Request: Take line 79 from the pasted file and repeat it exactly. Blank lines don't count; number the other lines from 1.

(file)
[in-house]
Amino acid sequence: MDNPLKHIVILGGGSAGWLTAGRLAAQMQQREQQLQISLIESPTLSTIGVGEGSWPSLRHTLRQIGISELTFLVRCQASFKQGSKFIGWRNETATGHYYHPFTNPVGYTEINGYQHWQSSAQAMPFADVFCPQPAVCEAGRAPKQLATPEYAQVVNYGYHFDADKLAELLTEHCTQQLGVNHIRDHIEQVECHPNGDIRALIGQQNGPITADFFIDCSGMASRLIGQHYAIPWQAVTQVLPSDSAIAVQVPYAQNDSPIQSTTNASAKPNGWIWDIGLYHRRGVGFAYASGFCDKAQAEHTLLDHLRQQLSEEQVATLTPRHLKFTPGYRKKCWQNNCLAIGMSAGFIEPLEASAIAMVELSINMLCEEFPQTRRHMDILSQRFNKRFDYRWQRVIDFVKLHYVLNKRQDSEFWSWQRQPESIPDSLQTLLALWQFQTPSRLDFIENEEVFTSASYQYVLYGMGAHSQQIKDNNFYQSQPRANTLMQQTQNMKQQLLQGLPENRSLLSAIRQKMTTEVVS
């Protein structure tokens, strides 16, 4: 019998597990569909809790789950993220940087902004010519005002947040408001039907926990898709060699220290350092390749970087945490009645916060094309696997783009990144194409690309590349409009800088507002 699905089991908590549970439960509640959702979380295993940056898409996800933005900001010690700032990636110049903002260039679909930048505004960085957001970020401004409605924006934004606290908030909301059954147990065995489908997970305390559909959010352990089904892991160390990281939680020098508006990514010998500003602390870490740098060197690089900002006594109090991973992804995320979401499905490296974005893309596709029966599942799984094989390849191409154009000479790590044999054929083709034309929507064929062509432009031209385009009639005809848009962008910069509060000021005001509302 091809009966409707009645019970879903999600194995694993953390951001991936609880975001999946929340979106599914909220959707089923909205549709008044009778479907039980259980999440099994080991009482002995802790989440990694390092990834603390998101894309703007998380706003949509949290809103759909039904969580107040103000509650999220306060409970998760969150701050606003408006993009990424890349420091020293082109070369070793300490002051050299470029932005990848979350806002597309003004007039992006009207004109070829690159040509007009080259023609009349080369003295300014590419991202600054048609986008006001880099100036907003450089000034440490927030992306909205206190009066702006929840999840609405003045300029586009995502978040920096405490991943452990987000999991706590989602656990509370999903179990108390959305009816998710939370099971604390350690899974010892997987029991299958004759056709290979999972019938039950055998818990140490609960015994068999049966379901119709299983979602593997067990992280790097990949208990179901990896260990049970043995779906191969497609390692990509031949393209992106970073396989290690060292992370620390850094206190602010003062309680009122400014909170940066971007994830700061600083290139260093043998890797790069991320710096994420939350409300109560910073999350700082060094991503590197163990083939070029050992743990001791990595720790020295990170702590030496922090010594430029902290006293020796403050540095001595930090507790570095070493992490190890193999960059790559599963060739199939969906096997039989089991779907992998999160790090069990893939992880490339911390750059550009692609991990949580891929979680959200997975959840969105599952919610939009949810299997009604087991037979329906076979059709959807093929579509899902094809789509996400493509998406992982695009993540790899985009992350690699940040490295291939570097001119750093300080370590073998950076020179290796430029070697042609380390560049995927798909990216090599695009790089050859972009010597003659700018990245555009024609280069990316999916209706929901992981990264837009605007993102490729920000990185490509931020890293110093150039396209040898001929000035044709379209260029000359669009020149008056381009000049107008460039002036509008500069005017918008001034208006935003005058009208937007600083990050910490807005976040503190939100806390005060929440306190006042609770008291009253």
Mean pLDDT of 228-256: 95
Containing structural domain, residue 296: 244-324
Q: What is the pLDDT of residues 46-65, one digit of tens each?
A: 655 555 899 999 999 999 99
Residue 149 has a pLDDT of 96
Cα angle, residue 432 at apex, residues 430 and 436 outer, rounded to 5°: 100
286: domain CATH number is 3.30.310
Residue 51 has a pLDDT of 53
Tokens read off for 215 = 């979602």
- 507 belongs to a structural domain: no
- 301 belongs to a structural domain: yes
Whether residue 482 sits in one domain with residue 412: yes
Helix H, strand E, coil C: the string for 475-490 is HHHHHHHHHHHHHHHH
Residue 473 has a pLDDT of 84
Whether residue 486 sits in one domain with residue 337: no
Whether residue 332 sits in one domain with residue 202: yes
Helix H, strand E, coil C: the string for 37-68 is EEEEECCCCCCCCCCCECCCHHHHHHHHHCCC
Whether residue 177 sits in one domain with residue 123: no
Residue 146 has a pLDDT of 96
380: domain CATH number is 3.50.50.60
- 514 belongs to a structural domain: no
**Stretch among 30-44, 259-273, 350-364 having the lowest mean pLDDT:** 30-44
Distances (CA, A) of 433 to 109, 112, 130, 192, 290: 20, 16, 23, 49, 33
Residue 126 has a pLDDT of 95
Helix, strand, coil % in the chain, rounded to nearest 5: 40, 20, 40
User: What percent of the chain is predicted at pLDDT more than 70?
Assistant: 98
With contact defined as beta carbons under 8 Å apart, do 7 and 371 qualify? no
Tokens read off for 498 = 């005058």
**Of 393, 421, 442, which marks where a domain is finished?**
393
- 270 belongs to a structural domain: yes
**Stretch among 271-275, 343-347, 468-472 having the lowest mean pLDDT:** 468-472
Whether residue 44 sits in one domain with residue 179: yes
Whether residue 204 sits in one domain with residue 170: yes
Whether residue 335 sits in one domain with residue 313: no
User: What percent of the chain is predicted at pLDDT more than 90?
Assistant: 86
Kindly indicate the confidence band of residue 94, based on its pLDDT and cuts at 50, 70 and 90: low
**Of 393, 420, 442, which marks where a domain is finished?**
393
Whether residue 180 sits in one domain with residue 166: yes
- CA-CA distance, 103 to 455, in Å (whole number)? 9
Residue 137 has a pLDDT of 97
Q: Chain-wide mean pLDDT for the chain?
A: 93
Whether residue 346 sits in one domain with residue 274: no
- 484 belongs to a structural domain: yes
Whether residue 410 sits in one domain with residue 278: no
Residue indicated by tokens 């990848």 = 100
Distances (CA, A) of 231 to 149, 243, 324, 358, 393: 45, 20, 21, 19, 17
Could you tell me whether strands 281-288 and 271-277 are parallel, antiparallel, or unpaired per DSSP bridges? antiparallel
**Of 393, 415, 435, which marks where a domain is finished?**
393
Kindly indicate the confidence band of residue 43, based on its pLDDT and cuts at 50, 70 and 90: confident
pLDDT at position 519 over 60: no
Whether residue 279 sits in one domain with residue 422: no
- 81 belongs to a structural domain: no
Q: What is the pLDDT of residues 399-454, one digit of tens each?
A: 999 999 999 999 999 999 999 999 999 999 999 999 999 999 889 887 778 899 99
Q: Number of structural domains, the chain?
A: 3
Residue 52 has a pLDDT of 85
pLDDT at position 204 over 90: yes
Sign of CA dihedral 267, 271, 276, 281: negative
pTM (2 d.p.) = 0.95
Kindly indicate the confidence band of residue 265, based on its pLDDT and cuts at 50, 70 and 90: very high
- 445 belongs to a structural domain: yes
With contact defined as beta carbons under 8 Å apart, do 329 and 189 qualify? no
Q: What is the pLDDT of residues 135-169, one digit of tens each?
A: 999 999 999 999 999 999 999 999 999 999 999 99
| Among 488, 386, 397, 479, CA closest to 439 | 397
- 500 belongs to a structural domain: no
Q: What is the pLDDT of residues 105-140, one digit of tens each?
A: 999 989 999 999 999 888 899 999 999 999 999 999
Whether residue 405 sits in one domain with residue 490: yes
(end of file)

Whether residue 405 sits in one domain with residue 490: yes